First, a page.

Move to make cheque-bounce a compoundable offence isn’t right

S Kalyanasundaram | Updated on June 17, 2020

If the intention is to reduce the piling up of cases in court, a better way would be to restrict the usage of cheques and encourage digital payments

It is reported that the Finance Ministry has proposed to decriminalise offences described in 39 Sections of 19 Acts dealing with financial matters and make them compoundable. These include cheque-bouncing cases under the Negotiable Instruments Act, 1881.

While explaining the reasons for the proposal, it is stated that given the nature of pendency in all tiers of the courts and the time taken for disputes to be resolved, legislative measures have been considered to help restore trust in doing business and in this pursuit, it is also important that a balance be found so that mala fide intent is punished while other less serious offences are compounded.

It is unfortunate that instead of strengthening the existing framework of timely payment mechanism, the government is going backwards and, in the process, helping culprits who issue cheque knowing fully well it will bounce.

Until 1989, failure to discharge the liability of a payment through cheque was only a civil liability and failure to discharge was a civil wrong. By amending Section 138 of Negotiable Instruments Act, the civil liability was converted as a criminal liability.

Ensuring credibility

The objective of introducing Section 138 was ‘to encourage the culture of use of cheques and to enhance the credibility of the instrument’. To enhance the acceptability of cheques in settlement of liabilities, the Section makes the drawer liable for penalties in case of bouncing of cheques due to insufficient arrangements made by the drawer but, at the same time, it has adequate safeguards to prevent harassment of honest drawers. Prior to this, the drawer of a dishonoured cheque could only be criminally prosecuted under Section 420 of the Indian Penal Code. Section of 138 of NI Act is better instrument than prosecution under IPC for the aggrieved.

There are some distinctive advantages in the remedy available through Section 138 of NI Act. Under criminal law, for a crime of dishonour of cheque to be made out, there is need for the prosecution to first establish dishonest intention on the part of the drawer from the inception of the instrument. Just because the cheque is dishonoured, the crime of cheating is not established.

Failure on the part of the prosecution to prove the intention to cheat will make the court to hold that the matter is civil in nature. Under criminal law, dishonest intention has to be proved beyond reasonable doubt.

Section138 does away with this formalistic rigour of criminal law. If a cheque is dishonoured for insufficient fund, the offence under Section 138 of the NI Act is constituted, notwithstanding the intention of the person issuing the cheque.

Indian courts are riddled with the colossal problem of pending cases, with over 35 lakh cheque-bounce cases pending in district courts. But will it be proper to change the Act just because there is difficulty in administering it?

Section 138 with safeguards

Introduction of Section 138 of the NI Act was with a good intention and this has enhanced the credibility of the usage of cheques. Casual way of issuing cheque has been arrested to a large extent.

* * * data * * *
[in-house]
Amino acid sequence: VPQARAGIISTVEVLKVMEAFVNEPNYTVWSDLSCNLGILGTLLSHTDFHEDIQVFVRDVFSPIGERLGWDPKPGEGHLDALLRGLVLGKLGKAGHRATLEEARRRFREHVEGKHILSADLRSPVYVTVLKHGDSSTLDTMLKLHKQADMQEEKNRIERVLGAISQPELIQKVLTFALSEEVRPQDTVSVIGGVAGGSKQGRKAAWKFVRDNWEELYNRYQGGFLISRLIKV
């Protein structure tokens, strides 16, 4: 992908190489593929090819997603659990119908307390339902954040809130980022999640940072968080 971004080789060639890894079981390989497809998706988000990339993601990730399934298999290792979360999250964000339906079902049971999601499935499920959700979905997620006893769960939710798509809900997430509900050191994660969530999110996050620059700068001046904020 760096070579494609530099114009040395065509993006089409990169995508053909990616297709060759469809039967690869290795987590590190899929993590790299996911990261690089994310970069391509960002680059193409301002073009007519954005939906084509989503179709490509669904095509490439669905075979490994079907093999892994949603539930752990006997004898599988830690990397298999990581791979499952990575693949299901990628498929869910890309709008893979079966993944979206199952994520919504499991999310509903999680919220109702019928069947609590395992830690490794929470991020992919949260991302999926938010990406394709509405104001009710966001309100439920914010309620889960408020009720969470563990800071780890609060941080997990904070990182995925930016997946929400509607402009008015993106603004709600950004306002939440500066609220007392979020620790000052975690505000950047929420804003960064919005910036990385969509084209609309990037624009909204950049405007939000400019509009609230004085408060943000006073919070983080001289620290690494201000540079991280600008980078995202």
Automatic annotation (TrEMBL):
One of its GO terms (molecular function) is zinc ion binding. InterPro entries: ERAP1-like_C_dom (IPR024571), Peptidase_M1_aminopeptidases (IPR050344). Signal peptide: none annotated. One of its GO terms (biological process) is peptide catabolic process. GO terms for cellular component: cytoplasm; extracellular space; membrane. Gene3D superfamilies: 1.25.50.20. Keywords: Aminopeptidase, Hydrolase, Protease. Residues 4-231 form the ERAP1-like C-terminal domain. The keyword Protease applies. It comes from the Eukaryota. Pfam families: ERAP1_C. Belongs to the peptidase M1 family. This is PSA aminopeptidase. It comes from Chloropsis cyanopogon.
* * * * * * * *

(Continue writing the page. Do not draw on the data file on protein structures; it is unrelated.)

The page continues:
The existing legal provisions contain sufficient safeguards like issuing of notice of dishonour by the beneficiary within 30 days, 15 days time for the drawer to make the payment, and one month time for the beneficiary to file complaint.

Even in advanced countries like the US there are different laws in each state that outline regulations for bounced checks, both for civil and criminal penalties. Under criminal penalties, one can be prosecuted and even arrested for writing a bad cheque.

Way forward

If the intention to decriminalise is to avoid the huge number of cases in the courts, there is a better way. Instead of making return of cheque for insufficient funds as a compoundable offence, it is better to restrict the usage of cheques itself.

When digital payments like NEFT, IMPS and RTGS are available 24x7, the system of issuing cheques can be restricted for smaller payments. By suitable amendment to Negotiable Instruments Act, the amount that can be transacted through cheque can be restricted.

It is also possible to make the cheque transactions costly by levying appropriate charges. This will automatically prompt people to migrate to the digital payment system.

Our banks are incurring huge costs for providing cheque facility to the customers and also for clearing huge volume of cheques through the cheque truncation system. As per an RBI report, use of paper-based instruments (like cheques, drafts, and the like) accounts for nearly 60 per cent of the volume of total non-cash transactions in the country. In value terms, the share is currently around 11 per cent. Restrictions on cheque usage can make help both banks and the RBI save on costs.

When 20 of the 27 EU member-states have effectively eliminated cheques, where usage is down to two cheques per capita per annum or less, with high mobile phone and internet penetration, it should be possible for India to move to paperless bank transactions. Yes, it is time for us to bury the cheque system.

The writer is a retired banker

Published on June 17, 2020

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